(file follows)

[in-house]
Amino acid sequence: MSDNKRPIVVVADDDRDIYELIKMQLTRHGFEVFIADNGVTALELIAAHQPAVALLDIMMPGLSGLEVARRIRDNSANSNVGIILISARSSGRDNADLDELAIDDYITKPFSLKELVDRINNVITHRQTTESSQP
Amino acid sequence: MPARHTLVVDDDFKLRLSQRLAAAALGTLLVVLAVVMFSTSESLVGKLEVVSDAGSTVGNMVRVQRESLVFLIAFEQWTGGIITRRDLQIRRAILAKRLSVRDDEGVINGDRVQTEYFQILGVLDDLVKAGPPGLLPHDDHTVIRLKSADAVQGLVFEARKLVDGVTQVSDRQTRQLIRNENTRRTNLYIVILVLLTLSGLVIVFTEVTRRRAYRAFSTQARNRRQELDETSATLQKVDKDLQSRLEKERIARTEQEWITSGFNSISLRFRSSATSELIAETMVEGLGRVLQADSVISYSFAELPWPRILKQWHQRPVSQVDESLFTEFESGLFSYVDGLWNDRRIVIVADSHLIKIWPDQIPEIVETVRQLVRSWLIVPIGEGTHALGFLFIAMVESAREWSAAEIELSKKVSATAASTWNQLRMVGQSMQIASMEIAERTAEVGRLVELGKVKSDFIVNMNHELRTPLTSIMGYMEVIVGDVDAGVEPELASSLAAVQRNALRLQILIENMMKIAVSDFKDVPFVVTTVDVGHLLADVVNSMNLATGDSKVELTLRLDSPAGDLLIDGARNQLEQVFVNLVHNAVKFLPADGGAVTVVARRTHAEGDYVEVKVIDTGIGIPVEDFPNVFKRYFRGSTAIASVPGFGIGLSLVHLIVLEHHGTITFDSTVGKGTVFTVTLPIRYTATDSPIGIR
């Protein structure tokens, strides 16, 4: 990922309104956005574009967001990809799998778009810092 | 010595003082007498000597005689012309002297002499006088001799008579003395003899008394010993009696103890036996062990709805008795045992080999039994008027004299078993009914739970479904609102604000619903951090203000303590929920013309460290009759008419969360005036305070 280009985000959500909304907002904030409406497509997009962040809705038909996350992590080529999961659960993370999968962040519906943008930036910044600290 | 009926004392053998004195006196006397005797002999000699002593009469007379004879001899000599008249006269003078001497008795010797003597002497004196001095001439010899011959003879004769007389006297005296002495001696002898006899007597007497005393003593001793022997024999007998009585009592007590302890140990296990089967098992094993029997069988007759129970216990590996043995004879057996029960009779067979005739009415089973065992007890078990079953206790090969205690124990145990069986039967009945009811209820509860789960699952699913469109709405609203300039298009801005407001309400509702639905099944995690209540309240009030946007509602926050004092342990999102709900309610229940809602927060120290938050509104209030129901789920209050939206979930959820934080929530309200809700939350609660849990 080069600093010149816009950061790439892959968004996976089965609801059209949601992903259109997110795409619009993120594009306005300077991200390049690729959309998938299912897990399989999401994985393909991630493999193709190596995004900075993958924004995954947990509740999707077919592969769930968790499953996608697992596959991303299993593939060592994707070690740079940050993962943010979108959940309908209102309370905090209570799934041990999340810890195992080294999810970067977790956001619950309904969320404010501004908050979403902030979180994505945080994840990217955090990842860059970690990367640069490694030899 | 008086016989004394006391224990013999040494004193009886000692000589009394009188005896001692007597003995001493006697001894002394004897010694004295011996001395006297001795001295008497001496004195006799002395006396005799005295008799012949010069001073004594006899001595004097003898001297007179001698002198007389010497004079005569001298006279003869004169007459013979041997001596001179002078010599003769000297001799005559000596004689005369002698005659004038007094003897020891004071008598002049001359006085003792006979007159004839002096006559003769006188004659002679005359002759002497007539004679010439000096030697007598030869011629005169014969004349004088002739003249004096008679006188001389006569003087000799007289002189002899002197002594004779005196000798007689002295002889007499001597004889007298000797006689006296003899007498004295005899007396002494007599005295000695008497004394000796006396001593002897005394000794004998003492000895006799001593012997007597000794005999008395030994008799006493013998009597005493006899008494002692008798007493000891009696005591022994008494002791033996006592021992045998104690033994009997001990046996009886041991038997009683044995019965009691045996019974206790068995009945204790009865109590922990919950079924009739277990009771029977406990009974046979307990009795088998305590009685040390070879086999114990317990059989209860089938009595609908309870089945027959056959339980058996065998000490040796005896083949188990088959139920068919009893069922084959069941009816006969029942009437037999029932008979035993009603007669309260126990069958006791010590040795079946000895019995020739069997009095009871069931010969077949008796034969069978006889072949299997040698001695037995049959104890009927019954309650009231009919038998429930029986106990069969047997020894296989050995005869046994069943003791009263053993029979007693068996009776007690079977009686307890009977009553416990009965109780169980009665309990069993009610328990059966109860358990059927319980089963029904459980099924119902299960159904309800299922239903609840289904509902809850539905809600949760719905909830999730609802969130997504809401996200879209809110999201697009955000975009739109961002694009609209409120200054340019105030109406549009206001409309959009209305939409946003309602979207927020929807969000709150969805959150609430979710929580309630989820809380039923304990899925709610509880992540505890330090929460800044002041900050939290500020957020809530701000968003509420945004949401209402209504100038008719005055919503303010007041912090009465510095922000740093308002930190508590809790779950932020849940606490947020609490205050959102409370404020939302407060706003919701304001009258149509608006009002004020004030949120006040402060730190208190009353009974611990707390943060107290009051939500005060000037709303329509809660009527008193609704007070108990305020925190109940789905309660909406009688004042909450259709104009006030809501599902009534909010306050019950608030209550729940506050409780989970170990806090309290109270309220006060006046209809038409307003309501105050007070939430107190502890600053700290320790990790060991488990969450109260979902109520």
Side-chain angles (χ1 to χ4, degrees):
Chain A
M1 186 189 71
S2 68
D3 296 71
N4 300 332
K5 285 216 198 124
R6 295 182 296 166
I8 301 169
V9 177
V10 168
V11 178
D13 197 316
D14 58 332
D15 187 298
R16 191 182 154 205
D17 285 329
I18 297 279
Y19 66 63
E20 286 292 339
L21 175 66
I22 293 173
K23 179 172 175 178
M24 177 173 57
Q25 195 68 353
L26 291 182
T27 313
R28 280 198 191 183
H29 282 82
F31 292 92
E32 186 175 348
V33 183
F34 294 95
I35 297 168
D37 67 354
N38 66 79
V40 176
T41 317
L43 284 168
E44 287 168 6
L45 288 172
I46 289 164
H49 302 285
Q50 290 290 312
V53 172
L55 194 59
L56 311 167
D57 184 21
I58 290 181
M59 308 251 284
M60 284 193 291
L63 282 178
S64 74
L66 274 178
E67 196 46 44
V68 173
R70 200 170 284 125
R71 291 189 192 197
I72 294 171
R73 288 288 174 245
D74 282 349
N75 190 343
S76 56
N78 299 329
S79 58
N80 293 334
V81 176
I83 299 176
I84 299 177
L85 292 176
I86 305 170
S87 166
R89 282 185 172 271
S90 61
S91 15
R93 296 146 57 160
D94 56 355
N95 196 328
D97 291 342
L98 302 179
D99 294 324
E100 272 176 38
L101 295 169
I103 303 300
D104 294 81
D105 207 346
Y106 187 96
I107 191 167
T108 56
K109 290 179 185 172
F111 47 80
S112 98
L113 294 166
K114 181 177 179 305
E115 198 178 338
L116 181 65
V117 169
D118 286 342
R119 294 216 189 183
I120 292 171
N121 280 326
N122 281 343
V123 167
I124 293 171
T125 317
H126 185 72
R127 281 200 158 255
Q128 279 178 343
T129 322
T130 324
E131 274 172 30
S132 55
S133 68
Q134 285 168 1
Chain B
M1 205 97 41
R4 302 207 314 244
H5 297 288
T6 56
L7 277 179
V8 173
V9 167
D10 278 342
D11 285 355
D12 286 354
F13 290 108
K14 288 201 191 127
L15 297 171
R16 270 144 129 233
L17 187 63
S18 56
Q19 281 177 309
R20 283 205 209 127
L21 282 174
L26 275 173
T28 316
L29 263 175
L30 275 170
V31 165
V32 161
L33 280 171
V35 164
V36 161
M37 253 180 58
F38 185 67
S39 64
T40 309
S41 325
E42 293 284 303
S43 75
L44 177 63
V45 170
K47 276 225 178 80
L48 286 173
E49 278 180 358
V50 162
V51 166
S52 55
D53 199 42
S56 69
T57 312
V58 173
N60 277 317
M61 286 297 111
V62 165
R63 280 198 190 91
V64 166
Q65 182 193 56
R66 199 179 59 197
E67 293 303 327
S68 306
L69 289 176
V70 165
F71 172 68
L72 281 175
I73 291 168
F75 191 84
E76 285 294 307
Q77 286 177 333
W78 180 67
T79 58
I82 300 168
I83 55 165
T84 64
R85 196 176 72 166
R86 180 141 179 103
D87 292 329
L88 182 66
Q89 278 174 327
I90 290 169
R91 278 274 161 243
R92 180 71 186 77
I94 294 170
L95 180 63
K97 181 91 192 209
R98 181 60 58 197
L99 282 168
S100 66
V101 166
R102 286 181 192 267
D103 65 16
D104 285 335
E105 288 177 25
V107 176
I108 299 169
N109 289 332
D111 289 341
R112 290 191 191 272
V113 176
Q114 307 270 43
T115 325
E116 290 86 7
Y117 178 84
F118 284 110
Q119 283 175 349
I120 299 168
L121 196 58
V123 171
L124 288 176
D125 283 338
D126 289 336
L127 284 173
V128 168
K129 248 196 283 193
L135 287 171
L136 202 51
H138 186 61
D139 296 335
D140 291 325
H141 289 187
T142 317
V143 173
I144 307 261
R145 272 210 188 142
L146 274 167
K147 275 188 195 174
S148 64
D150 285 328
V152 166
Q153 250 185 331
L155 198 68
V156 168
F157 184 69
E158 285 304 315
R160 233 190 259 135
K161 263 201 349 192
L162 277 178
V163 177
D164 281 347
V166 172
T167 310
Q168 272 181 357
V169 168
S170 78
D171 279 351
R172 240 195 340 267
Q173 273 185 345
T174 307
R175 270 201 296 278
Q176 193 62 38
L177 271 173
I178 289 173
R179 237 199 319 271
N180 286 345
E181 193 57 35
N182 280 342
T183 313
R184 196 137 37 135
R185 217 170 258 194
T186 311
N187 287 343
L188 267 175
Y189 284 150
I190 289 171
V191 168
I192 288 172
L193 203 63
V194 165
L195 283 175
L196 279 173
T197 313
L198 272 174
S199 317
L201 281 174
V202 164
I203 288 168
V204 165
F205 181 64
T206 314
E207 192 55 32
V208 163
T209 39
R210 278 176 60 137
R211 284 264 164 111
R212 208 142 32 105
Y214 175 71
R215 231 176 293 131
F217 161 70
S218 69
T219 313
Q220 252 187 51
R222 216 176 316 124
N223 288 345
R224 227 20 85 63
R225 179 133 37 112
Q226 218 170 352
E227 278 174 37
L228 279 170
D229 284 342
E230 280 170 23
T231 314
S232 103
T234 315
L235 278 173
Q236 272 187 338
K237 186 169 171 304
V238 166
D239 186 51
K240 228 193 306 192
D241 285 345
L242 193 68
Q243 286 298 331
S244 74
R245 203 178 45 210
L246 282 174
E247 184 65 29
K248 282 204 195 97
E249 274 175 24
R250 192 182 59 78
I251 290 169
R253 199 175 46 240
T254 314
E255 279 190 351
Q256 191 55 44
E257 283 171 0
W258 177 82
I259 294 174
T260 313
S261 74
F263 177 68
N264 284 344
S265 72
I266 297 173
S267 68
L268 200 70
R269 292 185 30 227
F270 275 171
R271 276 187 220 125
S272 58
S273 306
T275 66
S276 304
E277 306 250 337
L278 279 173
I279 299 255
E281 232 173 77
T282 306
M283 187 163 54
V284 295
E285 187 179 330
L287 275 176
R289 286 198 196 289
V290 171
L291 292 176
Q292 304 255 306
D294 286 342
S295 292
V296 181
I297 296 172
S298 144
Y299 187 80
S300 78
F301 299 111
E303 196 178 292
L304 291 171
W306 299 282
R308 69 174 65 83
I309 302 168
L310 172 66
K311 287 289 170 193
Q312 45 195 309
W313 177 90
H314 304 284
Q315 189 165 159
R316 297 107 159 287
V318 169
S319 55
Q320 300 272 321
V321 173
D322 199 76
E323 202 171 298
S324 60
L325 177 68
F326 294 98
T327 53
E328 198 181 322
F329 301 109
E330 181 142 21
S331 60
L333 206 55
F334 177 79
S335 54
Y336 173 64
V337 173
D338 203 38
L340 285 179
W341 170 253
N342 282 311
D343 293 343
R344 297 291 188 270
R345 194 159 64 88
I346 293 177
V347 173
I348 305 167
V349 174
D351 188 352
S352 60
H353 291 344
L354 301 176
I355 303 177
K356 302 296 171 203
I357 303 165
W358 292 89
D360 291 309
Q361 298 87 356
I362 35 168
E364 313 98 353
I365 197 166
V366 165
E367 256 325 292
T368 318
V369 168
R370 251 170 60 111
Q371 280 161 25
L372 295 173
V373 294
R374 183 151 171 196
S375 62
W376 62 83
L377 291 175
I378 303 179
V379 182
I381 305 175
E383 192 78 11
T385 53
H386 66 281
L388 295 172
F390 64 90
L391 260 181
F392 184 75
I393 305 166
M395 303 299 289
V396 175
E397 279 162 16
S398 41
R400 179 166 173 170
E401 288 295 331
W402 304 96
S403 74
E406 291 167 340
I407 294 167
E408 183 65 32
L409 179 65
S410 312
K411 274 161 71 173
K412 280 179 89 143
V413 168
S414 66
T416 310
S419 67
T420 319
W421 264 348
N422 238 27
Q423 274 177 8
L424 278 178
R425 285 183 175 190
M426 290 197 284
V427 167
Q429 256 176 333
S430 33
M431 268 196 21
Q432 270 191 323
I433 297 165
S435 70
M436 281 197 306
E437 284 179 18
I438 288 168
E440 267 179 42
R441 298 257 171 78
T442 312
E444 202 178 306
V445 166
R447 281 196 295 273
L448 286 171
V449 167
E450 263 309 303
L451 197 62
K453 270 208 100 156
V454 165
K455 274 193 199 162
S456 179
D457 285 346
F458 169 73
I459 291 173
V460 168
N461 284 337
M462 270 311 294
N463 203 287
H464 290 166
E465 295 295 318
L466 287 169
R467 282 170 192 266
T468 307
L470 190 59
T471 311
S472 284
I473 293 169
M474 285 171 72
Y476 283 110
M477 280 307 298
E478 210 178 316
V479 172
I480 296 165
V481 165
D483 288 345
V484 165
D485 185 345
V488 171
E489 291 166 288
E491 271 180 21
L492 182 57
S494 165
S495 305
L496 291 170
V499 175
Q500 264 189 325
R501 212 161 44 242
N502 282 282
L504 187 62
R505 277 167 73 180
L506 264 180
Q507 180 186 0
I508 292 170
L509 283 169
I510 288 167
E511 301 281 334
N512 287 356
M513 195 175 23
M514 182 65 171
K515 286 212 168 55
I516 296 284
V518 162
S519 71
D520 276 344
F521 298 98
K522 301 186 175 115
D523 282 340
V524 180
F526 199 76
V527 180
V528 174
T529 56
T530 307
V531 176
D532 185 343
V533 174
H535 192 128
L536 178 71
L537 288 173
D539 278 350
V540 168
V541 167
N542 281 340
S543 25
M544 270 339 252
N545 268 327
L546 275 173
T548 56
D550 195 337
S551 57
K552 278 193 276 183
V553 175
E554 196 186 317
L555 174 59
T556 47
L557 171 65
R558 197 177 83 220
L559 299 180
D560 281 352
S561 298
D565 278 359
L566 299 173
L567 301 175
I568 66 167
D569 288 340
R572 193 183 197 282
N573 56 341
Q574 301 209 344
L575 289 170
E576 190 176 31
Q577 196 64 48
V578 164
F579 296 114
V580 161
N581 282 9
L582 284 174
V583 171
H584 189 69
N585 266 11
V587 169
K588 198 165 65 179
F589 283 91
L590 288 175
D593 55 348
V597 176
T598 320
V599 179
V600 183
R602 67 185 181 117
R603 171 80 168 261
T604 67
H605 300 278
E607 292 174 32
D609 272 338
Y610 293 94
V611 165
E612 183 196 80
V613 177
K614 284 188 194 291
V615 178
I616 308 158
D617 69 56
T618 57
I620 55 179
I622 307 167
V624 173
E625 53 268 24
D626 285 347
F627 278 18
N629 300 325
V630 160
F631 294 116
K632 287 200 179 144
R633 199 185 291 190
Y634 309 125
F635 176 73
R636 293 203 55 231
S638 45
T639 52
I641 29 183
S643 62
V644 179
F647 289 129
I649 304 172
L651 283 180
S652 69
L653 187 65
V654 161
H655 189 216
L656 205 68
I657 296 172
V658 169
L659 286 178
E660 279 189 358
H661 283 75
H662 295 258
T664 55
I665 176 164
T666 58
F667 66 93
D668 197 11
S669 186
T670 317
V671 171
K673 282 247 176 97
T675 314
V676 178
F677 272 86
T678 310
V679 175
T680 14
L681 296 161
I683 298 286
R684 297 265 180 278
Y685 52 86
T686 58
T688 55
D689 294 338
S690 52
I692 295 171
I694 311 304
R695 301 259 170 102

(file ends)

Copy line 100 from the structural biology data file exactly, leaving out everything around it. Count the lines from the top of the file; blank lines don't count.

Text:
L116 181 65